Annual financial and corporate responsibility reports lack key information. Global guidelines could help to address inconsistent approaches.
Carbon reporting from the world’s largest companies lacks consistency, making it almost impossible for stakeholders to compare one company’s performance easily and accurately with another’s, according to the 2015 edition of the KPMG Survey of Corporate Responsibility Reporting.
Professionals at KPMG member firms reviewed the carbon information published by the world’s largest 250 companies in annual financial and corporate responsibility reports. They found that although four out of five of the companies discuss carbon in these reports, the type and quality of information published varies dramatically.
For example, only half of the G250 (53 percent) state carbon reduction targets in their company reports and, of these, two-thirds provide no rationale to explain why those targets were selected.
The type of emissions reported varies considerably. While a majority of reporting companies report on emissions from their own operations (84 percent) and from purchased power (79 percent), only half (50 percent) report on emissions in their supply chains. Even fewer, less than one in 10 (7 percent), includes information on emissions resulting from the use and disposal of their products and services.
Around half (51 percent) of the companies that do discuss carbon in their company reports refer readers to further detailed information in alternative sources such as the CDP database for investors. The other half does not.
“All stakeholders should be able to access good quality, comparable information on a company’s carbon performance quickly and easily from the company’s annual financial or corporate responsibility reports. That is simply not the case today,” said Wim Bartels, a partner with KPMG in the Netherlands and KPMG’s Global Head of Sustainability Reporting & Assurance, is the lead author of KPMG’s survey. “There is a clear need for improvement and global reporting guidelines on carbon could help to address this problem. It should not be left to companies alone to figure this out; industry bodies, regulators, standard setters, investors and others all have a role to play.”
KPMG’s study follows a recent proposal to the G20 by the Financial Stability Board for a task force to develop consistent climate-related disclosures for companies to help lenders, insurers, investors and other stakeholders to understand material risks.1 The Climate Standards Disclosure Board (CDSB) has also introduced a voluntary framework aimed at helping companies include investor-relevant climate information in mainstream financial reporting.2
The KPMG study includes guidelines on data, targets and communication that KPMG member firms believe companies should follow when publishing carbon information in annual financial and corporate responsibility reports.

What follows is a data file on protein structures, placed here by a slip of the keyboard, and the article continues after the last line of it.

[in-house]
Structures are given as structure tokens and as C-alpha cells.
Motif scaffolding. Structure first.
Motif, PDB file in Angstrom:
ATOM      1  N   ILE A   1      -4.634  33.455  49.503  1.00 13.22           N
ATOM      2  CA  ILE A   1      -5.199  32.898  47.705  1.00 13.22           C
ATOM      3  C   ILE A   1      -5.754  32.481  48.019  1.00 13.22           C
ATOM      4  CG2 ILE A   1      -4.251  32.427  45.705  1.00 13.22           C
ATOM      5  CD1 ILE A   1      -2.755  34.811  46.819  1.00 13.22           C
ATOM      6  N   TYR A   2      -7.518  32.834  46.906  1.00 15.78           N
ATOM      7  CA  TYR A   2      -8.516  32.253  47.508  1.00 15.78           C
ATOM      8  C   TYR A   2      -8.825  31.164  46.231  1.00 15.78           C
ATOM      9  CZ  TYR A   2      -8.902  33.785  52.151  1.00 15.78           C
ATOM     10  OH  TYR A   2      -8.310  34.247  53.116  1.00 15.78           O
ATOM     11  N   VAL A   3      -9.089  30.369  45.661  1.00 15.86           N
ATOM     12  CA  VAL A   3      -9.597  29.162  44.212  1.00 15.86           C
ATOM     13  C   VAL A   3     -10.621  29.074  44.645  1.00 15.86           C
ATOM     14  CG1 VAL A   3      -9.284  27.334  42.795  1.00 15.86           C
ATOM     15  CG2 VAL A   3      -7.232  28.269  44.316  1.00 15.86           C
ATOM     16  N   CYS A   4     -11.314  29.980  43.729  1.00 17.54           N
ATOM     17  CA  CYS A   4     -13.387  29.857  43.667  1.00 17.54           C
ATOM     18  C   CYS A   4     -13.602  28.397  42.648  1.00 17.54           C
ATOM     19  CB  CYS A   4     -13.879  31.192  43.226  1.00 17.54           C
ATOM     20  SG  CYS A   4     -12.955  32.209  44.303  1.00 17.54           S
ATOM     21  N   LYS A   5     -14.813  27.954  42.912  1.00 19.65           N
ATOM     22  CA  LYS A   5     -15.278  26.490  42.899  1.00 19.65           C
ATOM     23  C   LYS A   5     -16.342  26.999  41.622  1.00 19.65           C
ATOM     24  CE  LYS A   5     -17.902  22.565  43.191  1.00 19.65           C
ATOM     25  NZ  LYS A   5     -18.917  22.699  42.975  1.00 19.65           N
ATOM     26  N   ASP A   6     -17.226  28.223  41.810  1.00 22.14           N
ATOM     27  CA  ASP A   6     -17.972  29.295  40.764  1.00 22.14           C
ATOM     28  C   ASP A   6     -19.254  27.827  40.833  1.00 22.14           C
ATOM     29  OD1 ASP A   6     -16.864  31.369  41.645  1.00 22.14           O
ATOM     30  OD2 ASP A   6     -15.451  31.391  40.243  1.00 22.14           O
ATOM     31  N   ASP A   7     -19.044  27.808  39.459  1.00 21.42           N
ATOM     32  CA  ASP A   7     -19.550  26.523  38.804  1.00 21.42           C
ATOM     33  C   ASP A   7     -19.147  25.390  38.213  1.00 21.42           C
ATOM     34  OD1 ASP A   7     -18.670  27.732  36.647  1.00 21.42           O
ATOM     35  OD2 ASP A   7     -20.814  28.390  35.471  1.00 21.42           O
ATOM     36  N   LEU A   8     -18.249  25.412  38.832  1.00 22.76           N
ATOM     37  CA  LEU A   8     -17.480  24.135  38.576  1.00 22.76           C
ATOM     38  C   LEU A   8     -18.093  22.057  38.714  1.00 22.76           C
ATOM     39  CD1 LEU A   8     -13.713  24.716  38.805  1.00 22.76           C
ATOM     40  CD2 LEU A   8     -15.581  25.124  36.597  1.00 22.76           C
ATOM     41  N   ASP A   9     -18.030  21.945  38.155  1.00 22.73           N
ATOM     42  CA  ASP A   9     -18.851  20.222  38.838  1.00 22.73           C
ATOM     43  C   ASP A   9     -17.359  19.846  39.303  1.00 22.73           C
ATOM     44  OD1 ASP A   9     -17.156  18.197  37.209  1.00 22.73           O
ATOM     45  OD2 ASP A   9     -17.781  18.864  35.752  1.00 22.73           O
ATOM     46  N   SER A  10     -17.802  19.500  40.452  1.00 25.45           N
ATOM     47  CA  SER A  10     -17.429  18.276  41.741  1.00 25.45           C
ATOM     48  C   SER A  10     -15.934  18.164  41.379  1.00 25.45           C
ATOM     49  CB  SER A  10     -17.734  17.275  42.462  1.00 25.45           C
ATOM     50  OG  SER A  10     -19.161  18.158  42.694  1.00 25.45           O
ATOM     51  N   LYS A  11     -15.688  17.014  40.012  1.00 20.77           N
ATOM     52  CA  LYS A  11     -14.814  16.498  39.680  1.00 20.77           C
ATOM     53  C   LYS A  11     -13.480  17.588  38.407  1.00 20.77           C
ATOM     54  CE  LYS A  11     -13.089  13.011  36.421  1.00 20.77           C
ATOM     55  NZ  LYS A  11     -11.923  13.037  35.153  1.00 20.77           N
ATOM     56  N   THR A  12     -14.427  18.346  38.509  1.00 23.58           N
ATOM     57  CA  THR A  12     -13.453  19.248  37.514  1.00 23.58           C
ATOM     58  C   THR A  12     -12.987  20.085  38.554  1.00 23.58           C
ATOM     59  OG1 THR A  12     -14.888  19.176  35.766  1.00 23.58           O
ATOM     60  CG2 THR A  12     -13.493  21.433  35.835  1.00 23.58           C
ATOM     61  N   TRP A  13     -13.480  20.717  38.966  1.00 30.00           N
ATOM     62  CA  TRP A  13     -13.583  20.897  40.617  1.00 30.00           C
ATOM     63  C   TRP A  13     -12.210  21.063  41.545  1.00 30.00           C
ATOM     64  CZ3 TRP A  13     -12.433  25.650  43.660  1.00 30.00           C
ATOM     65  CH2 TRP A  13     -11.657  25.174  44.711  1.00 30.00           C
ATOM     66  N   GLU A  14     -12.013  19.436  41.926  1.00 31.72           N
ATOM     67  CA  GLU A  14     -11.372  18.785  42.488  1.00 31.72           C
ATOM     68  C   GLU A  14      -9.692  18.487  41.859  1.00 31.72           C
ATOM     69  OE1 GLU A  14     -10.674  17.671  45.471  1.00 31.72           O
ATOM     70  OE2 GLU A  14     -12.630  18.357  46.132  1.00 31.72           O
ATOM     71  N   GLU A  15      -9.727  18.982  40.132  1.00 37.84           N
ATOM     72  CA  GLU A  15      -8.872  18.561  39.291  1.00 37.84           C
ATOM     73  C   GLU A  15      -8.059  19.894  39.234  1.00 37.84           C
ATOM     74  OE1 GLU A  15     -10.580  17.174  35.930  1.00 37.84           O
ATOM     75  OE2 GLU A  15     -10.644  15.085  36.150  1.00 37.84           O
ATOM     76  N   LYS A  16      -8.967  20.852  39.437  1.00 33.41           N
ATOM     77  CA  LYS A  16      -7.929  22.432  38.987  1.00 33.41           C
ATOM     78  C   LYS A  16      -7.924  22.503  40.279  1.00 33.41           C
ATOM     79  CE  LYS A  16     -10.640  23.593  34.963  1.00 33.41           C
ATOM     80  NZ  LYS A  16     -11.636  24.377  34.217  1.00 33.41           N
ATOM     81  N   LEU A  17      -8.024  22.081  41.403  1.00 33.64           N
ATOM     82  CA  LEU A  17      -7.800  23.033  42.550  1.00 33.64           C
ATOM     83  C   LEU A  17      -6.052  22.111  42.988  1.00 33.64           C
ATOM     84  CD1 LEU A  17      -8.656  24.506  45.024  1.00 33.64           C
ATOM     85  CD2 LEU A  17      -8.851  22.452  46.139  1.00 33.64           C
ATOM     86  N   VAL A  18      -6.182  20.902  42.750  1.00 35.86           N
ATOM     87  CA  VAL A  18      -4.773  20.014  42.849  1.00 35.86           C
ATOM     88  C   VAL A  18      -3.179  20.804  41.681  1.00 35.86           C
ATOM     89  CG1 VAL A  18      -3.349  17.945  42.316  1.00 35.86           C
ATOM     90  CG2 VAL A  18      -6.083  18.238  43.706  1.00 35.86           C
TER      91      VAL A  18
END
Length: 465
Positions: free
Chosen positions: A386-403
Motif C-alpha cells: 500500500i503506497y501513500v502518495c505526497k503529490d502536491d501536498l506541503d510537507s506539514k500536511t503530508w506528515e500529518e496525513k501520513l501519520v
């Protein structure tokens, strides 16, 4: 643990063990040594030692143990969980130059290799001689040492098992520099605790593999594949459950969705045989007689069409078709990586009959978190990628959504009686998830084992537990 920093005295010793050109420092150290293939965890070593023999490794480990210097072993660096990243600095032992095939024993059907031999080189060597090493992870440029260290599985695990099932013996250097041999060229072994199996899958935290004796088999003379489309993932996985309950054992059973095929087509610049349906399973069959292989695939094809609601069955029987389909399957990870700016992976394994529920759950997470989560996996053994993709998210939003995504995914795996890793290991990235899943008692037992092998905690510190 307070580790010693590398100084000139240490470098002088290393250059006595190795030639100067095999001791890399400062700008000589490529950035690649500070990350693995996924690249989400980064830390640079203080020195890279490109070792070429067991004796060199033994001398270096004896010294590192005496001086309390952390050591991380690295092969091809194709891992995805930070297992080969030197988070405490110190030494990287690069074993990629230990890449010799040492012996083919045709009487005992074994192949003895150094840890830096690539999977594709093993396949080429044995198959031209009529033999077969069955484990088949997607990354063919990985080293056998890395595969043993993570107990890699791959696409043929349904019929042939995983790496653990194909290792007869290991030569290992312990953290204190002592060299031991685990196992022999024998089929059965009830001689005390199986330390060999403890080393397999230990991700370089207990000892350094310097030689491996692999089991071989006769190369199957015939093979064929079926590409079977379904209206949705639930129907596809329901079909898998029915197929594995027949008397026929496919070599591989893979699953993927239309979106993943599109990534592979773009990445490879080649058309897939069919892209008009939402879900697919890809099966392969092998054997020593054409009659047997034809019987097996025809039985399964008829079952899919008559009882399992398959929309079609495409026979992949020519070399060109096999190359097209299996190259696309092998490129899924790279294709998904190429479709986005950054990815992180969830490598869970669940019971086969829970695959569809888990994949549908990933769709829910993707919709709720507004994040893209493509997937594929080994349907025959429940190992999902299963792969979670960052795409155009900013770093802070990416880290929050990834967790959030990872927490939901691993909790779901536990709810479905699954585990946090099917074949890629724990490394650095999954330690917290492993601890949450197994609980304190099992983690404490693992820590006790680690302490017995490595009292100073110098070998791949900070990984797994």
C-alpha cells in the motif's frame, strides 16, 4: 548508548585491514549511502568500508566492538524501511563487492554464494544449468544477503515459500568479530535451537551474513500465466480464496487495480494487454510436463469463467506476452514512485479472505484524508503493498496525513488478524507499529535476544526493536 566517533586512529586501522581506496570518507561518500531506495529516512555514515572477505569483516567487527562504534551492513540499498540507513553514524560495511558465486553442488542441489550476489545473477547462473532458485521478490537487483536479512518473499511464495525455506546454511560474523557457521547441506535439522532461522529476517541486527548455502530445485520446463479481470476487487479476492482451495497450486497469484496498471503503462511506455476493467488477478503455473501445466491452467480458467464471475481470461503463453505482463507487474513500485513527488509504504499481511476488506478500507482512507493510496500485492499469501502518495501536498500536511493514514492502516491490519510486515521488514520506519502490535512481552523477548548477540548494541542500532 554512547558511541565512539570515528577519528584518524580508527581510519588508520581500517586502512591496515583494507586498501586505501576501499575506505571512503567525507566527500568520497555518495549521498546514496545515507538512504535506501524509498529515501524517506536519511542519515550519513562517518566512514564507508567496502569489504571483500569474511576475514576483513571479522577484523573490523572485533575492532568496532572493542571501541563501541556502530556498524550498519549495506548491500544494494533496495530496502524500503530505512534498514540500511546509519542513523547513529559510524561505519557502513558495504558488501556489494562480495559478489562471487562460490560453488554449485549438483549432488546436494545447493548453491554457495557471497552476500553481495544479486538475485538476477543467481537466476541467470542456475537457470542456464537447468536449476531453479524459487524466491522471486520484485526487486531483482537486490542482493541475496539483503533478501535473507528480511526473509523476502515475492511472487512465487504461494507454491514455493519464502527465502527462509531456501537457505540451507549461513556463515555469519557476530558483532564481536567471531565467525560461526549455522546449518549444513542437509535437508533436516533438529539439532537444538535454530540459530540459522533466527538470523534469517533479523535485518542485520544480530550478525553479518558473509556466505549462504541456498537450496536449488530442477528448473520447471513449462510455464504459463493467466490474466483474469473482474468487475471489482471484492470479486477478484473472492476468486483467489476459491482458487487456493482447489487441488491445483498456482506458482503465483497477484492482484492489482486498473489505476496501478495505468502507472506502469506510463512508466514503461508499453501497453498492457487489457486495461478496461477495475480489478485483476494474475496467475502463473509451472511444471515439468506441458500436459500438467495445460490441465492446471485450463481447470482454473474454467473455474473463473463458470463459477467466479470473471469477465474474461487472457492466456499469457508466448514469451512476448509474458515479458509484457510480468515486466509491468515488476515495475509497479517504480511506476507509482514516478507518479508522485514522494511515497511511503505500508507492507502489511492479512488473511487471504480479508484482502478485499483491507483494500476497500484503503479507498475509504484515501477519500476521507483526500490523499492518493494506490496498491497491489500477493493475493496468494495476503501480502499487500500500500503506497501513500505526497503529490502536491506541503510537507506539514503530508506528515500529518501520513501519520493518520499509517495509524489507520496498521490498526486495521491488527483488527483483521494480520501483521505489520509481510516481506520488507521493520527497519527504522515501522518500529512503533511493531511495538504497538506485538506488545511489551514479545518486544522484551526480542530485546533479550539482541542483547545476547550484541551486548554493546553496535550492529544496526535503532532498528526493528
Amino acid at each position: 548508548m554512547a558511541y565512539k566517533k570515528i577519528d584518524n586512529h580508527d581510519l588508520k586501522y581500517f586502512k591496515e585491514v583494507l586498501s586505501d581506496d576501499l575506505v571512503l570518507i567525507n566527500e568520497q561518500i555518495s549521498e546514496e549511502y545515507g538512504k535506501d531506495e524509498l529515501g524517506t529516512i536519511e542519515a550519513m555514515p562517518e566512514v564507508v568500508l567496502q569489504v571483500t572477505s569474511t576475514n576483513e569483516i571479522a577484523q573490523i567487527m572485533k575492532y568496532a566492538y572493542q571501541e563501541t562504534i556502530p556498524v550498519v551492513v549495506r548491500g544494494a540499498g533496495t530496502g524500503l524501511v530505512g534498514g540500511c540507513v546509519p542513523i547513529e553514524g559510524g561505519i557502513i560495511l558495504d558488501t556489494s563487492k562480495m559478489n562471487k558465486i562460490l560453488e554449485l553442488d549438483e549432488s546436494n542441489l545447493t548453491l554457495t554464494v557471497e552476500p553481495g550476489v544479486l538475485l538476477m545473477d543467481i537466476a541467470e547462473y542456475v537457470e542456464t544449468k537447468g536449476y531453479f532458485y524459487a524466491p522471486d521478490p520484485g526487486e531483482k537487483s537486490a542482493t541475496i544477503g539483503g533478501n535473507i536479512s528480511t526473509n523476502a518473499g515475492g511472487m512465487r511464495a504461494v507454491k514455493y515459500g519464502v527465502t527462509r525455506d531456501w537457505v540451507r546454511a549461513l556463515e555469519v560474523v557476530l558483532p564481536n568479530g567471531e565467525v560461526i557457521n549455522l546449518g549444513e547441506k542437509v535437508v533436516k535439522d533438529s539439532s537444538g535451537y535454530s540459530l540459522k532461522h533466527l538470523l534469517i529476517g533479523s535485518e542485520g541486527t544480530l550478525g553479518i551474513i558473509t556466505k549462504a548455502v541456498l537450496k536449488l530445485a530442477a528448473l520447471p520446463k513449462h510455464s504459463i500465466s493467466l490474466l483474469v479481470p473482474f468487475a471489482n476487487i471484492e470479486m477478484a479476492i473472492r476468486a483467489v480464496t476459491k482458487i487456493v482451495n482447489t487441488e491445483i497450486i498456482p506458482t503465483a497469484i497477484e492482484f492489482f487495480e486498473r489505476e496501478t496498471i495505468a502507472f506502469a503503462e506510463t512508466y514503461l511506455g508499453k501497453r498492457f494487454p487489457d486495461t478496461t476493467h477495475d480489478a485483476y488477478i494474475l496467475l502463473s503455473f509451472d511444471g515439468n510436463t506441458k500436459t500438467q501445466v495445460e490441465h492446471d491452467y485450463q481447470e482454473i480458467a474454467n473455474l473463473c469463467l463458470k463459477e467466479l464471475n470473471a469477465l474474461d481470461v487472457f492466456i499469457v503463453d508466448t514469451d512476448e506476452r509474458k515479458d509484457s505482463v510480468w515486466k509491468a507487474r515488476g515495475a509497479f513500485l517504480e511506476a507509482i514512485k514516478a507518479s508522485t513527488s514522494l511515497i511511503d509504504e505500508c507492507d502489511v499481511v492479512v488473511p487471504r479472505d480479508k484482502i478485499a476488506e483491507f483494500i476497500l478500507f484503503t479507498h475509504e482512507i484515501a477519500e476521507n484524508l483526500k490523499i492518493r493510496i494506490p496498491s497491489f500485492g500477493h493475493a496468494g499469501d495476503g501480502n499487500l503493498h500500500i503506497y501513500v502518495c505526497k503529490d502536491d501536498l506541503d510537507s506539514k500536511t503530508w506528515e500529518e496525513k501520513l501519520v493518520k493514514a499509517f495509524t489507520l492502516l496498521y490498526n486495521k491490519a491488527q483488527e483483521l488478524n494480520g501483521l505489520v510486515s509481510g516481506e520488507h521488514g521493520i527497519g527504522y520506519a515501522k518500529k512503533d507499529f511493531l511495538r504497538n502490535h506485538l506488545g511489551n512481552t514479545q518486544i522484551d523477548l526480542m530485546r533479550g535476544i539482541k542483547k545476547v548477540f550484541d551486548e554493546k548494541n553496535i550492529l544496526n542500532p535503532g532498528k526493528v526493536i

KPMG’s researchers devised a scoring methodology based on these guidelines which they used to assess the quality of reporting from each of the 250 largest companies. Key findings include:
• One in five large companies in high carbon sectors such as mining, construction and chemicals do not report on carbon in their annual financial or corporate responsibility reports.
• European companies have a higher quality of reporting on carbon than companies elsewhere in the world.
• Companies in the transport and leisure sector produce the highest quality reporting on carbon by sector, and oil & gas companies the lowest.
• Only half the companies that report on carbon in their annual financial or corporate responsibility reports explain how cutting carbon benefits their business.
The KPMG Survey of Corporate Responsibility Reporting includes a view of global trends in CR reporting based on analysis of reporting by 4,500 companies across 45 countries.
It shows that the rate of CR reporting is now higher in Asia Pacific than it is in Europe or the Americas (79 percent of companies in Asia Pacific report on CR).
The highest rates of CR reporting are now found in emerging economies such as India, Indonesia, Malaysia and South Africa. These high rates are often driven by regulation, either from governments or stock exchanges.
The research also shows that it is now standard business practice to include CR information in the annual financial report – more than half (56 percent) of the 4,500 companies studied do this.
The KPMG Survey of Corporate Responsibility Reporting is now in its 9th edition and was first published in 1993. Research is carried out by professionals in KPMG member firms and is based on publicly available information published by companies in their corporate responsibility reports, annual financial reports and websites.
In the 2015 edition, the sample of the world’s 250 largest companies is based on the 2014 Fortune 500 listing.3 Global trends in CR reporting are based on a study of reporting from the top 100 companies by revenue in each of the 45 countries.
KPMG is a global network of professional firms providing Audit, Tax and Advisory services. We operate in 155 countries and have more than 162,000 people working in member firms around the world. The independent member firms of the KPMG network are affiliated with KPMG International Cooperative ("KPMG International"), a Swiss entity. Each KPMG firm is a legally distinct and separate entity and describes itself as such.
1 Source: http://www.financialstabilityboard.org/wp-content/uploads/Disclosure-task-force-on-climate-related-risks.pdf Retrieved 17 November 2015
2 http://www.cdsb.net/what-we-do/reporting-frameworks/climate-change Retrieved 19 November 2015
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